“Usually” is a word often used by friendly people asking me about our show, Conni’s Avant Garde Restaurant. Where do you usually perform? How often? Where do you usually prepare the food? How much does it cost? These basic questions stump me: We don’t “usually” anything yet. We are making it up as we go along. But, the funny thing is that as soon as you make something, people believe it already exists. We are three years old now, but the usuallies started right away. I am very wary of them and I crave them at the same time. They signal the end of the birthing process.
The way I answer the usually questions is to say what we have done already: The first year we did three stand-alone events at a rehearsal studio with a kitchen, with the idea that we would be a once a month, low key, underground supperclub serving at most 50 people. We forged our characters and our ideas in front of the audience and the evenings we bizarre and chaotic and beautiful. I did the shopping and cooking like I “usually” do, by carting it around by hand. We charged $30. The next year, we moved into the Bushwick Starr and developed the current format for the show very much in collaboration with the physical space. We developed an internal logic and invested in the stories of the characters and the the audience’s experience over the evening. We did five productions, each with a 2-night run spaced about six weeks apart, serving 120 people over each weekend. By then we had assimilated two more characters to prepare the food and we had discovered Fresh Direct. We charged $35. We increased the run to 3-nights, serving 180 people over the weekend. We became real foodies and started sourcing locally. We charged $40. We lifted that show up and plunked it in the Ohio Theatre this summer and fall, had a design duo replicate the format with bling and style, and served 320 people over a 4-night run. We found Farm to Chef. We charged $50.
We have nicknamed this full show our “Mothership” production in order to distinguish it from the “Ah La Carte” site-specific events that we write for the location and the occasion. We say yes to everyone and everything: pass-the-dessert performances for benefits, conferences, and festivals, a bridal shower at a private home with champagne cocktails and party games, full cabaret evenings at Joe’s Pub with and without food, a full holiday dinner in the lobby and conference room of a Manhattan office, and a commissioned work for a museum cafe.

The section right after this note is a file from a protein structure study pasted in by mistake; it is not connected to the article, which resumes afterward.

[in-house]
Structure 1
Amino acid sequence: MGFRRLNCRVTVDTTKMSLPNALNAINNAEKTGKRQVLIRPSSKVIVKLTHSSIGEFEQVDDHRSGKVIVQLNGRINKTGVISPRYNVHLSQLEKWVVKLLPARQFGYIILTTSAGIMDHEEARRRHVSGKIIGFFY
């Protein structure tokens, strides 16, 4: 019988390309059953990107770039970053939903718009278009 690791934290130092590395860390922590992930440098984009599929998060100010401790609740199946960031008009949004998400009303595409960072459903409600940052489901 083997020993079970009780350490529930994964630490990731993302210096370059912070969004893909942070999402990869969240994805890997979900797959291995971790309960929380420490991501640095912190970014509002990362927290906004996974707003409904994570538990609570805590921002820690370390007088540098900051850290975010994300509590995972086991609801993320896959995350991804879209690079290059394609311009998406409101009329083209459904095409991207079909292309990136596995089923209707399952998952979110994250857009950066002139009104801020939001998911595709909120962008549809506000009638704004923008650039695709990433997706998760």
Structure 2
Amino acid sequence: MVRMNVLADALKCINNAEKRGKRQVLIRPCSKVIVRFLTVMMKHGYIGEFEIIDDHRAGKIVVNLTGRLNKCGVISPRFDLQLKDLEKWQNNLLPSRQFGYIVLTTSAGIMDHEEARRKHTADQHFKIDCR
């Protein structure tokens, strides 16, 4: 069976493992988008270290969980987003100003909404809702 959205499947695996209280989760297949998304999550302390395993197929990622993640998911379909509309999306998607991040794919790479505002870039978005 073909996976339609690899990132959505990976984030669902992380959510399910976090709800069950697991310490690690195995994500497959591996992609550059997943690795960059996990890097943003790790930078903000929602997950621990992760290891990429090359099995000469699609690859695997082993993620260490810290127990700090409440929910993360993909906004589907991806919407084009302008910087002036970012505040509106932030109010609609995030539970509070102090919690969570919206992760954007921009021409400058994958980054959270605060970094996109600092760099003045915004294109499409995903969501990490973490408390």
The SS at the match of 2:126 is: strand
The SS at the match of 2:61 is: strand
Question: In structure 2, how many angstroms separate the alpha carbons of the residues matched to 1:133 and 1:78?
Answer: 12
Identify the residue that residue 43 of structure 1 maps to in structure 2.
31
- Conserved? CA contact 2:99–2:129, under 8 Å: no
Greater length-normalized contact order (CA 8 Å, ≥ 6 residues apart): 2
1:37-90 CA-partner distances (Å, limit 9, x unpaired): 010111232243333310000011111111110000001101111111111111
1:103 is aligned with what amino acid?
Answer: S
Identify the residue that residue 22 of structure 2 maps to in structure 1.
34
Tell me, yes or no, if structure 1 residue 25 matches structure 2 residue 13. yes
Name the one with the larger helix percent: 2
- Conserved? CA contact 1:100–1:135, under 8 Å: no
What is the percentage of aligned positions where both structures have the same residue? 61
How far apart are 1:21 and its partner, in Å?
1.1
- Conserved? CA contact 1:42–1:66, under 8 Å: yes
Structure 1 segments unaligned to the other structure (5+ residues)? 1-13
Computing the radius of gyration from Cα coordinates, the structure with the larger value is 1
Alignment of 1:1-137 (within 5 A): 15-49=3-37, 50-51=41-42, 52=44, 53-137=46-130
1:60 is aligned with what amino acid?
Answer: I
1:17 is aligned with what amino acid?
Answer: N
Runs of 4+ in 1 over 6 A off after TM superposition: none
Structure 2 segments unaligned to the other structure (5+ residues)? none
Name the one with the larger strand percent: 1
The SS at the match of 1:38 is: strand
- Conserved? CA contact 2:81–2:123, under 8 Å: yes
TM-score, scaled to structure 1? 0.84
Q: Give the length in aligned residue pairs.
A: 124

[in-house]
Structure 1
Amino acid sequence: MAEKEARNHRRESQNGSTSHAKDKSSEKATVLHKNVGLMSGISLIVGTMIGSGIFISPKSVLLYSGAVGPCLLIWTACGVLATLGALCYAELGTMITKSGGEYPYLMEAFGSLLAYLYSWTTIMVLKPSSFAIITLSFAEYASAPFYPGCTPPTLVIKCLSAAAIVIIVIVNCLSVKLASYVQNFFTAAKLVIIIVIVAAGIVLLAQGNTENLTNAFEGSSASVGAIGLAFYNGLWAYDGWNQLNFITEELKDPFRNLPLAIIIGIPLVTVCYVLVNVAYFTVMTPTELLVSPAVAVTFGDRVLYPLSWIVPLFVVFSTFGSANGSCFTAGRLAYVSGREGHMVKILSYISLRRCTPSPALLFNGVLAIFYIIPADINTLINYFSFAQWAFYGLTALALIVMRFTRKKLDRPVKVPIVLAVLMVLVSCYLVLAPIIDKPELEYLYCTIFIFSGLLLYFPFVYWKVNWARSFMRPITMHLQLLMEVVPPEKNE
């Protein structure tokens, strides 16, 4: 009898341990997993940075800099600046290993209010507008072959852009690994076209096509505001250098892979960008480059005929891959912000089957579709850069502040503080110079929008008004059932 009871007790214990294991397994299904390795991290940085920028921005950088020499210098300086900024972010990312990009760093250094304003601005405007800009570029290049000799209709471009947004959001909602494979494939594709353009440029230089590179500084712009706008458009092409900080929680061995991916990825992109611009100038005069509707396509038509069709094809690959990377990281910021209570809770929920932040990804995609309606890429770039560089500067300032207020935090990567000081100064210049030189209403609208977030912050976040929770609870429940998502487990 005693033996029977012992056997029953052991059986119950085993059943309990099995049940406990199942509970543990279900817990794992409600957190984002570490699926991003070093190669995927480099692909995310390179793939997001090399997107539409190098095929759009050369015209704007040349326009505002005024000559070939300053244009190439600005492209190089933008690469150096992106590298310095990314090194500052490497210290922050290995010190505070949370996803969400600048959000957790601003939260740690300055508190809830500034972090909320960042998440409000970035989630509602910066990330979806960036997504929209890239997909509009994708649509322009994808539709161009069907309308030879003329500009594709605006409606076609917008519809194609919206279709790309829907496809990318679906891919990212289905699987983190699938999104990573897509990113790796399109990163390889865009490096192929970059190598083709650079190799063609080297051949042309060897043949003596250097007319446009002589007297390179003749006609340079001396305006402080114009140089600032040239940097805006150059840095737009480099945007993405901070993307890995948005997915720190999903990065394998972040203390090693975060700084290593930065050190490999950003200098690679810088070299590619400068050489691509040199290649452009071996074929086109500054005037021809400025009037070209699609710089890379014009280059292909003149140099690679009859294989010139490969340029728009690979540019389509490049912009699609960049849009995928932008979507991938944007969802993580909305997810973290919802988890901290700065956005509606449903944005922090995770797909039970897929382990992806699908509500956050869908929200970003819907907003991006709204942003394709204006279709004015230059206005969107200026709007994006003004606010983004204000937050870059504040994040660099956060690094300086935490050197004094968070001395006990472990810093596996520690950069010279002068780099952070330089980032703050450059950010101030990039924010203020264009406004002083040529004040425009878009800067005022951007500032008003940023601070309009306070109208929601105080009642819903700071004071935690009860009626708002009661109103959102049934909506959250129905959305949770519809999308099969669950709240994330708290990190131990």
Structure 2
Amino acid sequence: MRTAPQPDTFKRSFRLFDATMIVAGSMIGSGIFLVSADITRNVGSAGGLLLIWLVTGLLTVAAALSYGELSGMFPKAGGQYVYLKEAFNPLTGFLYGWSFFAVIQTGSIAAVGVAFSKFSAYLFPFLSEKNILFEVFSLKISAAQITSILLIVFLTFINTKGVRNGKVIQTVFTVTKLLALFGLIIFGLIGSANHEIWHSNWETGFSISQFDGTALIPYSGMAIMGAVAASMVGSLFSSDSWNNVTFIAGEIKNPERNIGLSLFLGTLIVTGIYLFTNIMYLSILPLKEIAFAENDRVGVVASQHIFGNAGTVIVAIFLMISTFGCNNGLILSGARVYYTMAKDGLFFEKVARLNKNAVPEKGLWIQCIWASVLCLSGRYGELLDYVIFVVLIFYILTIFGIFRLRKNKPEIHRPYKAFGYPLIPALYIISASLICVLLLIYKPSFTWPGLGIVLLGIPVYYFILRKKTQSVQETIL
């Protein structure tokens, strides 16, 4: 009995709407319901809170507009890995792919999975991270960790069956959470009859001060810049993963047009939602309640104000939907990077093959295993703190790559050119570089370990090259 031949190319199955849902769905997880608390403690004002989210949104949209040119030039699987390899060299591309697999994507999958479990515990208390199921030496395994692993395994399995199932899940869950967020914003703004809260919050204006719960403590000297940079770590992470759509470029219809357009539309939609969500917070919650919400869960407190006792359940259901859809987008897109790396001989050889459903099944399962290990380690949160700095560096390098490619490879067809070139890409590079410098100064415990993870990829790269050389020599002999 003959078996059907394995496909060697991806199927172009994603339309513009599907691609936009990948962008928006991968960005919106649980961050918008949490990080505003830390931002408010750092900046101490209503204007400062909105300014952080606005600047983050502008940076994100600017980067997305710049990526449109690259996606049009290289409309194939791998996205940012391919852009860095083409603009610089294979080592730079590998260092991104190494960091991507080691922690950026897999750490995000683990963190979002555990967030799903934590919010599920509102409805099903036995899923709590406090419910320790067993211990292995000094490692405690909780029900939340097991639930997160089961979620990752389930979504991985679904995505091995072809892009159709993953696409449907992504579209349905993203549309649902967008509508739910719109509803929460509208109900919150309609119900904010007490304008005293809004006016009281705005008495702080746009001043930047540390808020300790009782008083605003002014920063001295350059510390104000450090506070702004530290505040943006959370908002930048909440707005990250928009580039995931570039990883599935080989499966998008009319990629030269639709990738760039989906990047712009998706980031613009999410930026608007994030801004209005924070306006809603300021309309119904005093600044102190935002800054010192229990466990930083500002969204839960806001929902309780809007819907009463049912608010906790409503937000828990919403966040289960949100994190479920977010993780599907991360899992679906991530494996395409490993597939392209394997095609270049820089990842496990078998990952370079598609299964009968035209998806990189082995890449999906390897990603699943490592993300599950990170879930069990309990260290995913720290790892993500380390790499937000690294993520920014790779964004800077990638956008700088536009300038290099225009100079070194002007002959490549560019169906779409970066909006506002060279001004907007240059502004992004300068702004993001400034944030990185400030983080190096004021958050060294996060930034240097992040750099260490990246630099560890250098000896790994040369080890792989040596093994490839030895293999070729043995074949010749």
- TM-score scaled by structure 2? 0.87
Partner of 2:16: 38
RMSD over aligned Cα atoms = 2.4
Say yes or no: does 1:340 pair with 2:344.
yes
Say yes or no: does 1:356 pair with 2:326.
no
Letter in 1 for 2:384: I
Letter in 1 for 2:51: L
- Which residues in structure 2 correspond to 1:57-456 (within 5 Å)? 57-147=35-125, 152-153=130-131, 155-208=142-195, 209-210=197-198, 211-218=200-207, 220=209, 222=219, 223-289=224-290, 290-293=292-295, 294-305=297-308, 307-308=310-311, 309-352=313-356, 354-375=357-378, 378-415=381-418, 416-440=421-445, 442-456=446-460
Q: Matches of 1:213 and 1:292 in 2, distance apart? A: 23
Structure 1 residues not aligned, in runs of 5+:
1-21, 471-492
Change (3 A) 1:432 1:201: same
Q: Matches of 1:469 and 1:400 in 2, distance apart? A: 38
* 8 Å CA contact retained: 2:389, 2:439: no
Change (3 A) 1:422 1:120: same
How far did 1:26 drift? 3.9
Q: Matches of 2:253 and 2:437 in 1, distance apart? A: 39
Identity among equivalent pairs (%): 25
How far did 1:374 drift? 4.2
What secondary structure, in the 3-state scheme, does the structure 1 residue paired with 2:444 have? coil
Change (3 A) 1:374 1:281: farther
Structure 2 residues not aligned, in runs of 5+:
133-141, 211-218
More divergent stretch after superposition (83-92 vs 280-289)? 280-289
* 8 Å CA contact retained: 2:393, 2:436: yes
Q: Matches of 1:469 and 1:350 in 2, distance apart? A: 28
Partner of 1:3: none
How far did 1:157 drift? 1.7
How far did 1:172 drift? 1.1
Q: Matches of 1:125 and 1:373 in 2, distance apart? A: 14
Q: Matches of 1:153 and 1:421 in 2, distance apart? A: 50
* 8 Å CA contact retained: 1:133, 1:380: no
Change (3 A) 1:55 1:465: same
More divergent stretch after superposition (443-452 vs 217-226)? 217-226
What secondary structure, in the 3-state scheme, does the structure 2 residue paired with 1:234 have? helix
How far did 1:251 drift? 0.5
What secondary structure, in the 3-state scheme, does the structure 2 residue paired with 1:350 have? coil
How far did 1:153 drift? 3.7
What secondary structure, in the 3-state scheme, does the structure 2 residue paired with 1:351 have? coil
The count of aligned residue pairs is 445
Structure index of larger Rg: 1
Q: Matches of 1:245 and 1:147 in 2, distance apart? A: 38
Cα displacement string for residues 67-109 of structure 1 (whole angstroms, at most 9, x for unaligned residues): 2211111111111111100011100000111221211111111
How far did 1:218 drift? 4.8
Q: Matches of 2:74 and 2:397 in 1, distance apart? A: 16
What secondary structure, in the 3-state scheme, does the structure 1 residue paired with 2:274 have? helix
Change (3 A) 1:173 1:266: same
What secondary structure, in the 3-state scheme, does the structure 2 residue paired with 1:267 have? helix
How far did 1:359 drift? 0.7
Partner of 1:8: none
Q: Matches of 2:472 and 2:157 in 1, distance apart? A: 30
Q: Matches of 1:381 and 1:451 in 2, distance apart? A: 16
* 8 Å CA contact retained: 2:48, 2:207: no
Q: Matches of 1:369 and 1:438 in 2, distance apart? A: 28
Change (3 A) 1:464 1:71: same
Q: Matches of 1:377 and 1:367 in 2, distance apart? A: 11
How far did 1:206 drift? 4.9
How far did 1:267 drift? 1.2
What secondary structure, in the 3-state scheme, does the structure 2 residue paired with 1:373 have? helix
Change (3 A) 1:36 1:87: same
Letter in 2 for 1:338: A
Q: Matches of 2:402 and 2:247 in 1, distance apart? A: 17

I like to think that we are developing our company by trial and trial. We try something and then we try it again with a bigger audience, or seasonal food, or refined writing, or in a different setting, or more nights in a row, or spaced farther apart, or with higher price points. In other words, we don’t know what we are until after we have tried it. The one thing we do have is an army of characters whose fiction is aligned with function (cooks, general manager, bartender, diva performers, bouncer, etc.) and we can own most new set-ups by just letting the characters do what they would do. The characters might have fictional histories, but they are always in the same time and place and situation with the audience. We don’t have to be flawless or fully prepared for everything, we just have to be able to meet the unknown with grace and keep taking care of the audience.
Still, some ‘usually’ might be good for my health. We are good at trying new things and the next new thing might be taking care of ourselves. This is the part where ERPA and the larger conversation surrounding it comes in. Usually is the way you build word of mouth. Usually is the projected budget. It’s the only way to plan your calendar. Or to live a balanced life. Or to ask for funding. Our show is something new for most of our guests. They want to say things like “they usually perform in this really cool space in Bushwick.”
With the ERPA implementation grant, we are looking for “usually” this summer: Where? A great new club space. When? Once a week throughout the season. How much? Hopefully enough. The Food? Locally grown and prepared in a viable kitchen space. I don’t want to jinx it, so check back for the next blog post and I’ll tell you where we’ll be! In the meantime, we will be serving lunch at 2pm at the NoPassport Conference on February 26, Nuyorican Poets Café, $10 at the door for conference attendees. Please come and feed us back.